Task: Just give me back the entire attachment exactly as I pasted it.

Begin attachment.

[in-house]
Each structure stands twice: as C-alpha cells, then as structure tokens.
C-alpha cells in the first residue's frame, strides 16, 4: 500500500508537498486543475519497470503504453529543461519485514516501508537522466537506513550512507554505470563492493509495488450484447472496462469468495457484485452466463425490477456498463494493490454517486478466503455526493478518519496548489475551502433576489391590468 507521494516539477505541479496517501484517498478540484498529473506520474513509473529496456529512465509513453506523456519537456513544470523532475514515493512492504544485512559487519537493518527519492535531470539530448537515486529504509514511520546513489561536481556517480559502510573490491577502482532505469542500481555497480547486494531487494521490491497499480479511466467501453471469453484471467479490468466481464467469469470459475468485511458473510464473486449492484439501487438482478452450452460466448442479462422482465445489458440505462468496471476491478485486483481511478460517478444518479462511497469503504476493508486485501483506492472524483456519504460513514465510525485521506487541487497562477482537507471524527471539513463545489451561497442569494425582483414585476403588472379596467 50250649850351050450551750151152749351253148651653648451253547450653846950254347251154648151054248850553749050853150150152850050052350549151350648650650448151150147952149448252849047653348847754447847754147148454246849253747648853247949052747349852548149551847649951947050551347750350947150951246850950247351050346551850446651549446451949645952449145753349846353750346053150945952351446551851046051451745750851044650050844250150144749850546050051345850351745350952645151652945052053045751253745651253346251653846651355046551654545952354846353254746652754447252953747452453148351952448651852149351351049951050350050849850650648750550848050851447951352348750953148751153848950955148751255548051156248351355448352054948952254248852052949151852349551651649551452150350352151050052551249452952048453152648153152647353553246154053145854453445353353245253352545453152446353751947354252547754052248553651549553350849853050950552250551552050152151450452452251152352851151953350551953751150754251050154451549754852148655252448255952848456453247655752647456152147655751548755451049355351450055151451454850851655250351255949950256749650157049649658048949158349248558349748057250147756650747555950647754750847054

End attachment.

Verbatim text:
[in-house]
Each structure stands twice: as C-alpha cells, then as structure tokens.
C-alpha cells in the first residue's frame, strides 16, 4: 500500500508537498486543475519497470503504453529543461519485514516501508537522466537506513550512507554505470563492493509495488450484447472496462469468495457484485452466463425490477456498463494493490454517486478466503455526493478518519496548489475551502433576489391590468 507521494516539477505541479496517501484517498478540484498529473506520474513509473529496456529512465509513453506523456519537456513544470523532475514515493512492504544485512559487519537493518527519492535531470539530448537515486529504509514511520546513489561536481556517480559502510573490491577502482532505469542500481555497480547486494531487494521490491497499480479511466467501453471469453484471467479490468466481464467469469470459475468485511458473510464473486449492484439501487438482478452450452460466448442479462422482465445489458440505462468496471476491478485486483481511478460517478444518479462511497469503504476493508486485501483506492472524483456519504460513514465510525485521506487541487497562477482537507471524527471539513463545489451561497442569494425582483414585476403588472379596467 50250649850351050450551750151152749351253148651653648451253547450653846950254347251154648151054248850553749050853150150152850050052350549151350648650650448151150147952149448252849047653348847754447847754147148454246849253747648853247949052747349852548149551847649951947050551347750350947150951246850950247351050346551850446651549446451949645952449145753349846353750346053150945952351446551851046051451745750851044650050844250150144749850546050051345850351745350952645151652945052053045751253745651253346251653846651355046551654545952354846353254746652754447252953747452453148351952448651852149351351049951050350050849850650648750550848050851447951352348750953148751153848950955148751255548051156248351355448352054948952254248852052949151852349551651649551452150350352151050052551249452952048453152648153152647353553246154053145854453445353353245253352545453152446353751947354252547754052248553651549553350849853050950552250551552050152151450452452251152352851151953350551953751150754251050154451549754852148655252448255952848456453247655752647456152147655751548755451049355351450055151451454850851655250351255949950256749650157049649658048949158349248558349748057250147756650747555950647754750847054